According to the Insurance Institute for Highway Safety (IIHS), single-vehicle collisions represent over half of all car accidents nationwide. Statistics show that Washington State follows the national trend. In 2010, there were 311 fatal injuries as a result of collisions throughout the state of Washington. Of those fatalities, 163, or 53 percent, were the result of a single-vehicle crash.
What Causes Single-Vehicle Collisions?
As is the case with all types of accidents, an endless number of scenarios can lead to a single-vehicle collision. Some common reasons why single-vehicle collisions occur include:
- Impact with an object in the road — This could mean running into an object that has fallen off of another vehicle or hitting a median, for example.
- Distracted driving — Talking or texting, grooming, eating, or talking to passengers often causes a driver to run off the road or collide with a median.
- Drowsy driving — Nodding off at the wheel can cause a driver to veer off the road and crash.
- Impaired driving — Drug or alcohol use can cause a driver to lose control and crash.
- Road conditions — Rain, ice, snow and fog can all contribute to a single-vehicle accident.
- Mechanical defect/failure – A problem with the vehicle’s brakes, tires or steering, for example, could result in a single-vehicle collision.
The National Highway Traffic Safety Administration (NHTSA) puts single-vehicle crashes into two categories — run-off-road (ROR) crashes and on-road (OR) crashes. In a recent report by NHTSA, the agency issued the following conclusions relating to single-vehicle crashes:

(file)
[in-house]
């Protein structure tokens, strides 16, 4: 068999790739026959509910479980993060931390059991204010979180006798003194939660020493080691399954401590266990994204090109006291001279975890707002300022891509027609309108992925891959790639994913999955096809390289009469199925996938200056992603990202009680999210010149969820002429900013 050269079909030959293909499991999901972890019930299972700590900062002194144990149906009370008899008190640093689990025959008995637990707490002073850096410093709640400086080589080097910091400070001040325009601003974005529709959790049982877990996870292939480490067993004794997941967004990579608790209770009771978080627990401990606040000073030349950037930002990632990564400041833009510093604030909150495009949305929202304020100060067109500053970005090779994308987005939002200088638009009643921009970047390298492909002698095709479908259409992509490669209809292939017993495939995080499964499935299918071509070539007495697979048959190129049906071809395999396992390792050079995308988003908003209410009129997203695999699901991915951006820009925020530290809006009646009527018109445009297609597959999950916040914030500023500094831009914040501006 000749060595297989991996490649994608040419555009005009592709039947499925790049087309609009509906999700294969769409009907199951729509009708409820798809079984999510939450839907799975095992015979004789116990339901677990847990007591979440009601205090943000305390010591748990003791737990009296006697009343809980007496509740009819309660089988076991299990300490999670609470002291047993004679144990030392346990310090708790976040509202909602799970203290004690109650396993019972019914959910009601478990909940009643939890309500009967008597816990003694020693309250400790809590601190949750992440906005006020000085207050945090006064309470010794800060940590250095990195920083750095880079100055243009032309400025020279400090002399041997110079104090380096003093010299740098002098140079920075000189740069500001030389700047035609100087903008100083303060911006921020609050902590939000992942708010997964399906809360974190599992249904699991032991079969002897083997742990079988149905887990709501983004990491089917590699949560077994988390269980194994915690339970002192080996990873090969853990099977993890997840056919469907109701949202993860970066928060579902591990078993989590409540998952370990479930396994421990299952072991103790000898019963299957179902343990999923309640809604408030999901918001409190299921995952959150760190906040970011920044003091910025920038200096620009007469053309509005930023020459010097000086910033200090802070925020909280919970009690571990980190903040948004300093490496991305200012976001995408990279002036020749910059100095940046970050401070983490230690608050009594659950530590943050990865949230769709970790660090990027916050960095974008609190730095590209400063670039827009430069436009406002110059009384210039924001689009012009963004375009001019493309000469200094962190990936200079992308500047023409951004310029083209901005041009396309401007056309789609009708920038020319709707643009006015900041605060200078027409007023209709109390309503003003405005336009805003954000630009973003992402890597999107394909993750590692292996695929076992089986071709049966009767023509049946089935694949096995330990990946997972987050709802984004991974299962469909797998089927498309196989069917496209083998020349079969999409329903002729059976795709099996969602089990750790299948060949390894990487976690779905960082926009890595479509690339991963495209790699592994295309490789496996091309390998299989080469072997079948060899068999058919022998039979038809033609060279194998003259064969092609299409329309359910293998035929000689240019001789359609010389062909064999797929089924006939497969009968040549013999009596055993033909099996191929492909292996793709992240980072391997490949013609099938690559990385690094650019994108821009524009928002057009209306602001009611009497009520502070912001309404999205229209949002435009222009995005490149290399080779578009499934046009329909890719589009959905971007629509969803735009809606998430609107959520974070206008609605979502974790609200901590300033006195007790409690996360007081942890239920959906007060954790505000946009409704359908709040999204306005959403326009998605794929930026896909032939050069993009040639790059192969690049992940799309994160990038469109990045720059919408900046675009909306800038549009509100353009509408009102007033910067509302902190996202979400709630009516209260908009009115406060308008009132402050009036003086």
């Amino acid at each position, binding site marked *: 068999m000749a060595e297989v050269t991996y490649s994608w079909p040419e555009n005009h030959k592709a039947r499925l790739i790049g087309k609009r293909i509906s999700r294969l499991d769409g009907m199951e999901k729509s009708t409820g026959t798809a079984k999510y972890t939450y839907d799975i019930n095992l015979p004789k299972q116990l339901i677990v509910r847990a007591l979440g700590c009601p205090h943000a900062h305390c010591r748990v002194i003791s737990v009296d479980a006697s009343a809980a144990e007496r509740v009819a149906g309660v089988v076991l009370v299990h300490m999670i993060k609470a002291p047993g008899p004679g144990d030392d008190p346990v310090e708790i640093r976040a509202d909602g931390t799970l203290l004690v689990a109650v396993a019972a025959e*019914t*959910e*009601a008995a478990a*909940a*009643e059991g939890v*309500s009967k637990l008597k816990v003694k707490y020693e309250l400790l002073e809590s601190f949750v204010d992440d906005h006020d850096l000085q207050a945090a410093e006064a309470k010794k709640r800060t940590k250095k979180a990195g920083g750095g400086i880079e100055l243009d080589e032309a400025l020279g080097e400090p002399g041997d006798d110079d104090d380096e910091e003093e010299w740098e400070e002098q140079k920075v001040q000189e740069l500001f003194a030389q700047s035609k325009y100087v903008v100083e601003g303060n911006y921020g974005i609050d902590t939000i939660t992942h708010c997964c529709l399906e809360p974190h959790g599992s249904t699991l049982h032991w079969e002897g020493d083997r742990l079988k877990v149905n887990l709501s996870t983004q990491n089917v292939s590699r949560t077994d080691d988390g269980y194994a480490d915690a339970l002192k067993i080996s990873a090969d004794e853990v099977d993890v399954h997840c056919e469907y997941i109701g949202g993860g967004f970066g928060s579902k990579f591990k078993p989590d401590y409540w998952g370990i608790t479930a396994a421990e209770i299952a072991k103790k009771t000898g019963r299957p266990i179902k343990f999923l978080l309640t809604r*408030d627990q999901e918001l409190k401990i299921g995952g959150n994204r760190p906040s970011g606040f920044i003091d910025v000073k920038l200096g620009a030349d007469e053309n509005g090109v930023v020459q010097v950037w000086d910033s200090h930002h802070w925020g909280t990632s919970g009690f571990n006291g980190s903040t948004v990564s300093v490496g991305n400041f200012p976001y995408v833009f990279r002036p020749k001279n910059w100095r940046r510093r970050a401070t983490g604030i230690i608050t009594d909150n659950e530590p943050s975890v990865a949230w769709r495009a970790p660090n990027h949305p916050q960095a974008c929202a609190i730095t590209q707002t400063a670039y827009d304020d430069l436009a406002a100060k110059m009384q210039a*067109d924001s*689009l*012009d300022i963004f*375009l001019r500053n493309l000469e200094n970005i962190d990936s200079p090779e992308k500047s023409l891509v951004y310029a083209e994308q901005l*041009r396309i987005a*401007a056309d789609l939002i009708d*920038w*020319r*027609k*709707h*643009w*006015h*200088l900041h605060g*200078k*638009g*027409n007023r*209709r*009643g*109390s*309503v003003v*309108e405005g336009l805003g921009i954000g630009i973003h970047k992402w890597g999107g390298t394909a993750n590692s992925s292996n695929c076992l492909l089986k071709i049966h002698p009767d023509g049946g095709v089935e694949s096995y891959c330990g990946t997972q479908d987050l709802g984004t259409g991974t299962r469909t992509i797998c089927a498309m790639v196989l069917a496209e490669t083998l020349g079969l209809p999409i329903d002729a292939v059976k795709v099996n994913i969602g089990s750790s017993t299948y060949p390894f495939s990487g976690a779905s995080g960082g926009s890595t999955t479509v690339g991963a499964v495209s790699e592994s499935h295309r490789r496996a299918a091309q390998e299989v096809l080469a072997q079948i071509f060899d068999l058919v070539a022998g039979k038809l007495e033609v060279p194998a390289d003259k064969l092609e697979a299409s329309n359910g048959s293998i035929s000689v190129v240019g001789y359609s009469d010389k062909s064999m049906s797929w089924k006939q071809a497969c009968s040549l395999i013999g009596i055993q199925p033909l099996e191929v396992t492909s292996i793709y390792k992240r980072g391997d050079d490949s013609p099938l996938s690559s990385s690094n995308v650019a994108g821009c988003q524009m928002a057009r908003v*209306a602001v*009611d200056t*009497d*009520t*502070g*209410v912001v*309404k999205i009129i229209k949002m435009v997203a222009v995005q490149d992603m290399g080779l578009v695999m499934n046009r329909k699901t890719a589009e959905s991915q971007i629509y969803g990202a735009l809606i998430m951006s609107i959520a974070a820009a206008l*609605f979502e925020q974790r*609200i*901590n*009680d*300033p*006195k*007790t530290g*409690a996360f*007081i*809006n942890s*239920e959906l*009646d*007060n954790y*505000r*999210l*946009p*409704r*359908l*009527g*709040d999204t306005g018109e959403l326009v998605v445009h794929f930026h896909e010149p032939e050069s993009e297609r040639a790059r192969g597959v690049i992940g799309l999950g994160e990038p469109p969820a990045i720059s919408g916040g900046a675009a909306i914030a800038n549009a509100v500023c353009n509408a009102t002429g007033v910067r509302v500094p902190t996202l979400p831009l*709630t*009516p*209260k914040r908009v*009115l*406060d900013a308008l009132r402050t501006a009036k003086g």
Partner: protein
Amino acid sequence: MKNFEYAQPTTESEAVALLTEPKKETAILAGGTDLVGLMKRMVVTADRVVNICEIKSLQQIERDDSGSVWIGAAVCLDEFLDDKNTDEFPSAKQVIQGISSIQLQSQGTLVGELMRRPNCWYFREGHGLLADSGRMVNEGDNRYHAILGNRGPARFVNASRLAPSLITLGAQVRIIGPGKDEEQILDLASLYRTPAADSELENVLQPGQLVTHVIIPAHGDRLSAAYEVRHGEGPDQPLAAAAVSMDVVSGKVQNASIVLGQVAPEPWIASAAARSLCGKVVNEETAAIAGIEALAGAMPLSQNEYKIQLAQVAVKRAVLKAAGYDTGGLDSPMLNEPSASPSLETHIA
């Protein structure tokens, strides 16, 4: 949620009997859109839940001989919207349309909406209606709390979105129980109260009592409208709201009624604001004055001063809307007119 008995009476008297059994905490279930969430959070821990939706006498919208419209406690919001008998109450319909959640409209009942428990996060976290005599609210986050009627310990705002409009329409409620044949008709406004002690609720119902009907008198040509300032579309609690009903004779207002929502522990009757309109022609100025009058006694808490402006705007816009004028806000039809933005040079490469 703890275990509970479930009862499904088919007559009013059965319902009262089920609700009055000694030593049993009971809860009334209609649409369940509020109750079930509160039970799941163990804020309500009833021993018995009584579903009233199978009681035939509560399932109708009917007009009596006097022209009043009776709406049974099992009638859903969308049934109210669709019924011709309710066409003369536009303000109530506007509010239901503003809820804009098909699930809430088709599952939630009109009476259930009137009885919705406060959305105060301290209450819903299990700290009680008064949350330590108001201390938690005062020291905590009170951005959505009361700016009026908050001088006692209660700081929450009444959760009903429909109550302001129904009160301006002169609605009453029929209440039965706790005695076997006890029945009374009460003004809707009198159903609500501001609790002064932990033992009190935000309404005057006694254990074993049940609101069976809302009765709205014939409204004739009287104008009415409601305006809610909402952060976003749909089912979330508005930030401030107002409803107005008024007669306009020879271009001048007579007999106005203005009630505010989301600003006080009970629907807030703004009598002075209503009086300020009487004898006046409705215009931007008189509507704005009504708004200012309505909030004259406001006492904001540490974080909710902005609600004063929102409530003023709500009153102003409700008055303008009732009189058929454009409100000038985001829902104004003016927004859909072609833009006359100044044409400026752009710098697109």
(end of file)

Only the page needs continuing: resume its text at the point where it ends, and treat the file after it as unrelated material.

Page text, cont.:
- Alcohol or drug-impaired drivers are more likely to be involved in an ROR crash than a sober driver. In the study, 86.5 percent of impaired drivers were involved in an ROR crashes, compared to just 58.3 percent of their sober counterparts.
- Over 90 percent of speeding drivers were involved in an ROR crash, compared to 59.5 percent of non-speeding drivers.
- ROR crashes are more likely to take place on curved roadways, single-lane roads and rural roads.
- ROR crashes occur more often during adverse weather conditions and nighttime driving.
- Fatigue and distracted driving contribute to a significant proportion of ROR crashes.
- Young drivers and male drivers are more likely to be involved in an ROR crash than their older or female counterparts.
Some examples of negligence that could contribute to a single vehicle accident include:
- Improperly maintained roads — If a road was not properly maintained by the government agency responsible for design, repairs and maintenance, then it could be held responsible for any injuries caused by that negligence.
- Manufacturer defects — When a manufacturer puts a defective product into the stream of commerce, and that defect causes injuries, the manufacturer is potentially liable.
- Actions by another motorist — If, for example, a truck driver failed to properly tie down the load being carried and something fell off the truck causing you to crash, the truck driver could be held accountable.
- Driver error — A wide range of driver behaviors can contribute to a single-vehicle collision. When driver error is responsible for the crash, passengers in the vehicle who were injured may have a cause of action against the driver. That is true even when the driver is a friend or a relative.
Hurt in a Single-Car Crash? Get Help from Our Yakima Car Accident Lawyer
If you have been injured in a single-vehicle collision and someone else was at fault, you could be entitled to compensation for the injuries you suffered.
To learn more, contact a Yakima Valley car accident attorney today at the Mariano Morales Law Firm by calling (509) 972-0493 or by using our online contact form. Your initial consultation is free of charge. If we handle your case, we receive payment only if we obtain a settlement or verdict for you.